Thursday, October 2, 2008
I'm very sorry that I have been gone for much longer than I had intended!
I went to Buenos Aires and was so busy in the time leading up to the trip that I thought I would be able to make a post from the city, but unfortunately I could not. However, there were so many wonderful antique markets and street fairs there with tons of old papers and magazines and photos, that I realized how much I love all different types of ephemera! Recipes and food ads are a large part of that, of course, but there is still so much more out there that wouldn't have fit on this site but that I would love to be able to share.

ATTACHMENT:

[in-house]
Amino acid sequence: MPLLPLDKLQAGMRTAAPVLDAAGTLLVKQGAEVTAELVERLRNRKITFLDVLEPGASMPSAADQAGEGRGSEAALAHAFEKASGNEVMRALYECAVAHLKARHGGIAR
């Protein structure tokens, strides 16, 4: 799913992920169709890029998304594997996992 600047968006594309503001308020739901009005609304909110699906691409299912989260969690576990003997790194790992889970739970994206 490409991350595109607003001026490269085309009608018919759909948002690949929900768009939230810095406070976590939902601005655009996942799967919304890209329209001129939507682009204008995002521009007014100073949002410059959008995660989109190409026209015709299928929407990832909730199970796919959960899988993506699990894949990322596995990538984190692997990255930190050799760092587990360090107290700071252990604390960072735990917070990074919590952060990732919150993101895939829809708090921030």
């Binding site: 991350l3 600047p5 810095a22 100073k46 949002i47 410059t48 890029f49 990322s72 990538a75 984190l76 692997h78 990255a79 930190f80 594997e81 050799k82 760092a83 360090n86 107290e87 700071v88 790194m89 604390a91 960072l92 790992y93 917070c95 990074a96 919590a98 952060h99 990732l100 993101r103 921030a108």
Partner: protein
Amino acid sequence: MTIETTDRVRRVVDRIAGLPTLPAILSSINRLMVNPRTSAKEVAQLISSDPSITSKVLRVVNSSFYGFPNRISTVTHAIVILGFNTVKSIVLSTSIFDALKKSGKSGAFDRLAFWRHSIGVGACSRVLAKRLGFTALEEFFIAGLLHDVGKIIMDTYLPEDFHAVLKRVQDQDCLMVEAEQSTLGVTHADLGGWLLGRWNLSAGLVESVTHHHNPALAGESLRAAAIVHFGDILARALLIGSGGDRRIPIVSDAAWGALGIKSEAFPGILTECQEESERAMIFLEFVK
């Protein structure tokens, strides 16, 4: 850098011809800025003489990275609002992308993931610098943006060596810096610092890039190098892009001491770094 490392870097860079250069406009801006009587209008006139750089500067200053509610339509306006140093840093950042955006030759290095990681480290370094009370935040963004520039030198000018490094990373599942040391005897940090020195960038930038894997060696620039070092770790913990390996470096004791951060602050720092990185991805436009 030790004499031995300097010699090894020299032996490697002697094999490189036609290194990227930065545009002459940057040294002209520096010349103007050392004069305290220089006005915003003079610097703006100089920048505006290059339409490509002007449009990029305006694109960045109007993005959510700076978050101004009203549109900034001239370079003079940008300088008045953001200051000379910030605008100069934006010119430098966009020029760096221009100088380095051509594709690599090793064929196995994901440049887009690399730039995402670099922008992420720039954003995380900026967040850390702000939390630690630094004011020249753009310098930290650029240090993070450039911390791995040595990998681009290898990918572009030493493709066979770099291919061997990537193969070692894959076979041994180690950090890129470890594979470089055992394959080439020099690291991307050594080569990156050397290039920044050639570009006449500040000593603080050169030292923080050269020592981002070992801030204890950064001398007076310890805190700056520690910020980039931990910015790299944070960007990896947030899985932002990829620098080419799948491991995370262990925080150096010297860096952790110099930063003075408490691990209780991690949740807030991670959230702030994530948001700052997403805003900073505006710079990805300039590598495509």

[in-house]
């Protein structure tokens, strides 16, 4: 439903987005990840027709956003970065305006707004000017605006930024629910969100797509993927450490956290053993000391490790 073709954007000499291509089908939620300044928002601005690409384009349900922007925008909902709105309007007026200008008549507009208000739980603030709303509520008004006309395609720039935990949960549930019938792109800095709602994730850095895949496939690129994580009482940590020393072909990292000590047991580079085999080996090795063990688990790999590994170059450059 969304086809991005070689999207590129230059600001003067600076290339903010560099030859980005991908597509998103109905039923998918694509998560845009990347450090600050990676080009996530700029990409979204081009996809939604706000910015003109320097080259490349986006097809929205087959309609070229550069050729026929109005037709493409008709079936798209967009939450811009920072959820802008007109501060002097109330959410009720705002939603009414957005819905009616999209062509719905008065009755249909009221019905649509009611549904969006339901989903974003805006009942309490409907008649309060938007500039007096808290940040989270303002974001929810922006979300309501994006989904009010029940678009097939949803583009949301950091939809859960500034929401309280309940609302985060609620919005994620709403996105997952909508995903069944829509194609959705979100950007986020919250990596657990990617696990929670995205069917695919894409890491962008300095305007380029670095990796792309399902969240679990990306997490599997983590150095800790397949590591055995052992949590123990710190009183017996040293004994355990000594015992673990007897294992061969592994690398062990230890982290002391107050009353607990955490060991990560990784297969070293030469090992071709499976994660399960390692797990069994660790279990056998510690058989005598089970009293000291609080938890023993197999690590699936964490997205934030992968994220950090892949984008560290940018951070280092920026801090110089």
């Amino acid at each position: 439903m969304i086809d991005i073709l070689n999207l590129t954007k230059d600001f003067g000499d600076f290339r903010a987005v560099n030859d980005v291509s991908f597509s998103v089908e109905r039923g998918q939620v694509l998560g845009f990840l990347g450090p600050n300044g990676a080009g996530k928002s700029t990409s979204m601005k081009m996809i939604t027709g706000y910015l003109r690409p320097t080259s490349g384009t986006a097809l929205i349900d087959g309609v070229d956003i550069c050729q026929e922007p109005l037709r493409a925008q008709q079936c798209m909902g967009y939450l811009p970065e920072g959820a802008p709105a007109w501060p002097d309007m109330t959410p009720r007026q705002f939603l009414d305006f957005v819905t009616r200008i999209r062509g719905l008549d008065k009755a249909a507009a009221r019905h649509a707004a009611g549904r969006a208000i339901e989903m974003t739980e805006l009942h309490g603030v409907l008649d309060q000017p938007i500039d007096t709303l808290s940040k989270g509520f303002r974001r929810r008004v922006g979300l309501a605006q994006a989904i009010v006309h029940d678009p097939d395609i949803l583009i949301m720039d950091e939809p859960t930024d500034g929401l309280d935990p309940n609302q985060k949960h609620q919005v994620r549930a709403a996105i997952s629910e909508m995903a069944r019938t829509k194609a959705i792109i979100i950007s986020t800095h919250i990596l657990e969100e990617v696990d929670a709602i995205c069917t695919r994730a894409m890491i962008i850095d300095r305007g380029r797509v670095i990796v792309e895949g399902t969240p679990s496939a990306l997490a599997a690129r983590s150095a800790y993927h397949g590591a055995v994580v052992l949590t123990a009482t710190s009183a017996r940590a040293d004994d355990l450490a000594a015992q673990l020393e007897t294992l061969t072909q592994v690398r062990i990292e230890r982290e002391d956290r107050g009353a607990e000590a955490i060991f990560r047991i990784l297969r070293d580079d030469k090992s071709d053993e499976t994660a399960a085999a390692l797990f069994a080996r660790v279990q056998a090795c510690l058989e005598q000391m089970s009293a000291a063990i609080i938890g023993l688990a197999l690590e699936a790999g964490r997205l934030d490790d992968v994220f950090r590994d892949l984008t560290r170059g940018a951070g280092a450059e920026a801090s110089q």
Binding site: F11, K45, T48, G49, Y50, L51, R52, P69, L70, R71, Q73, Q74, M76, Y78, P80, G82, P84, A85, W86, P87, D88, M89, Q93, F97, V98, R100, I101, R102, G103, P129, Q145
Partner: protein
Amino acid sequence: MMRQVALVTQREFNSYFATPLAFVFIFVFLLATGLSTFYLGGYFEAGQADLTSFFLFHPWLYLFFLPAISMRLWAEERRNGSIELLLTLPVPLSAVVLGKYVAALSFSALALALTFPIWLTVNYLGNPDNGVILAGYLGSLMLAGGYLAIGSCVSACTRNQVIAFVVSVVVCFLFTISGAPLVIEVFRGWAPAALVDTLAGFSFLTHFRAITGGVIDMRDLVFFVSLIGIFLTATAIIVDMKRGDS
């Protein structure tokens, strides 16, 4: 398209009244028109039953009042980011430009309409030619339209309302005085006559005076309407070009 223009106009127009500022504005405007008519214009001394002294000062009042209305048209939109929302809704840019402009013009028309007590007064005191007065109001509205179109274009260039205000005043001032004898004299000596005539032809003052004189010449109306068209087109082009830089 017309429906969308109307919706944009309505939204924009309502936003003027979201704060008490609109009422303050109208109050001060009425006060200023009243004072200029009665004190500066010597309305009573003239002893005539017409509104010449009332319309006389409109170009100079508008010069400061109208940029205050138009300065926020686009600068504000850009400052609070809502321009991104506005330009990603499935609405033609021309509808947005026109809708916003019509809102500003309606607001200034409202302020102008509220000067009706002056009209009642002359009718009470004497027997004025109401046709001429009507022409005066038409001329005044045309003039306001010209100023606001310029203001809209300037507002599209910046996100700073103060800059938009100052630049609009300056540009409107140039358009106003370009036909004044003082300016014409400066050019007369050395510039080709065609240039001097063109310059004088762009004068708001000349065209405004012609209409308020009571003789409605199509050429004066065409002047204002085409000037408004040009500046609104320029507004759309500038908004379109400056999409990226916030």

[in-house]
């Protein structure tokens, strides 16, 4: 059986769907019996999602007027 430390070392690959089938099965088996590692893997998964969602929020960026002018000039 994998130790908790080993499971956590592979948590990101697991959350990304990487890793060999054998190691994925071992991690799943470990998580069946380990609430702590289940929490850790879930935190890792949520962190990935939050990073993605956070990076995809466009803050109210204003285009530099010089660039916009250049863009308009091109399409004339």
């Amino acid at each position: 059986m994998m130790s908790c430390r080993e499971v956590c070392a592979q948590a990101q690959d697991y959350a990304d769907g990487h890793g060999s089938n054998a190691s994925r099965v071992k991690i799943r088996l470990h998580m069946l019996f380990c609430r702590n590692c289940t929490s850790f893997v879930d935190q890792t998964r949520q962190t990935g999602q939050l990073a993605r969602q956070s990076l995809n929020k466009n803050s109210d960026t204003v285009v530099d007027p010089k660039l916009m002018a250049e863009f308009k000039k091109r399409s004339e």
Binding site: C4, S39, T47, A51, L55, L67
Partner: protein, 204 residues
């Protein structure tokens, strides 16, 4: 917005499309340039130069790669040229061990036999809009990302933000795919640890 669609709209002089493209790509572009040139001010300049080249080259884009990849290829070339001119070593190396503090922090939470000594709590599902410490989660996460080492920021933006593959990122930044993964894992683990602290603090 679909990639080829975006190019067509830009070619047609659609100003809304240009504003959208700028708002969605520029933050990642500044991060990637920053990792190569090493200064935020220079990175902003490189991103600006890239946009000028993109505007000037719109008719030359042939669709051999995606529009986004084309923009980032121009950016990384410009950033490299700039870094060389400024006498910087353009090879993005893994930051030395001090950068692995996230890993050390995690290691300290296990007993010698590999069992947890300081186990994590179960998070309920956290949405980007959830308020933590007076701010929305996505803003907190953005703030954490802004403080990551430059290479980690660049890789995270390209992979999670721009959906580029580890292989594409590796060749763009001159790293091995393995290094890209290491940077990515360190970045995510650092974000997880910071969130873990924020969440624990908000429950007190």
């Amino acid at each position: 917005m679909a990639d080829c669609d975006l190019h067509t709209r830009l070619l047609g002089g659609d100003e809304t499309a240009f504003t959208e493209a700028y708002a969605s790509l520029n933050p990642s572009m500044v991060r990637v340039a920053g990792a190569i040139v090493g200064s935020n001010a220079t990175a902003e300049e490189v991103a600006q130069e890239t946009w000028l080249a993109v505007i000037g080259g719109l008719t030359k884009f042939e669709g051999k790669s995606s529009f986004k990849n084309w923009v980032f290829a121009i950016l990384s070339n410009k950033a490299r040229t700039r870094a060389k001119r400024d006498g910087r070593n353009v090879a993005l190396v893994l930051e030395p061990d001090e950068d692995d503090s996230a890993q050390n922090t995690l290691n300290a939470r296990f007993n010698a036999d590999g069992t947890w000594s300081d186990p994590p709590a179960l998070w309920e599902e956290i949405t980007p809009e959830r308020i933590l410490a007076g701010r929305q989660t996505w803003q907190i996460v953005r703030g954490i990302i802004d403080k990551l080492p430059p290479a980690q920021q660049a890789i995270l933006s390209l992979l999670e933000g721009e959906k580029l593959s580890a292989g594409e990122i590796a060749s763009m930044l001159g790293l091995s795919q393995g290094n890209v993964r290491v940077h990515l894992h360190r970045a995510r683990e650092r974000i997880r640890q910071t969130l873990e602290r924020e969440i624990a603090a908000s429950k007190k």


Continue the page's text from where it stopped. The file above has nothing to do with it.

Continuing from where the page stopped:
So upon my return, I created a brand new vintage website, called (UPDATE 4/2014): The Vintage Site. On that site I will be going all through my collections of vintage recipes, fashion, post cards, photos, yearbooks, and various other miscellany, and posting it on a more frequent basis.
I hope you stop by if you get the chance, and that you enjoyed your time at Vintage Dish!
Click here to go to The Vintage Site
Tuesday, August 5, 2008
Along with that obviously much-used and well-loved cookbook was a copy of a magazine from 1940 that I'm assuming also came from my great-grandmother. This is the cover, and you can see that somebody in her family added their own embellishments and pricing to the cover!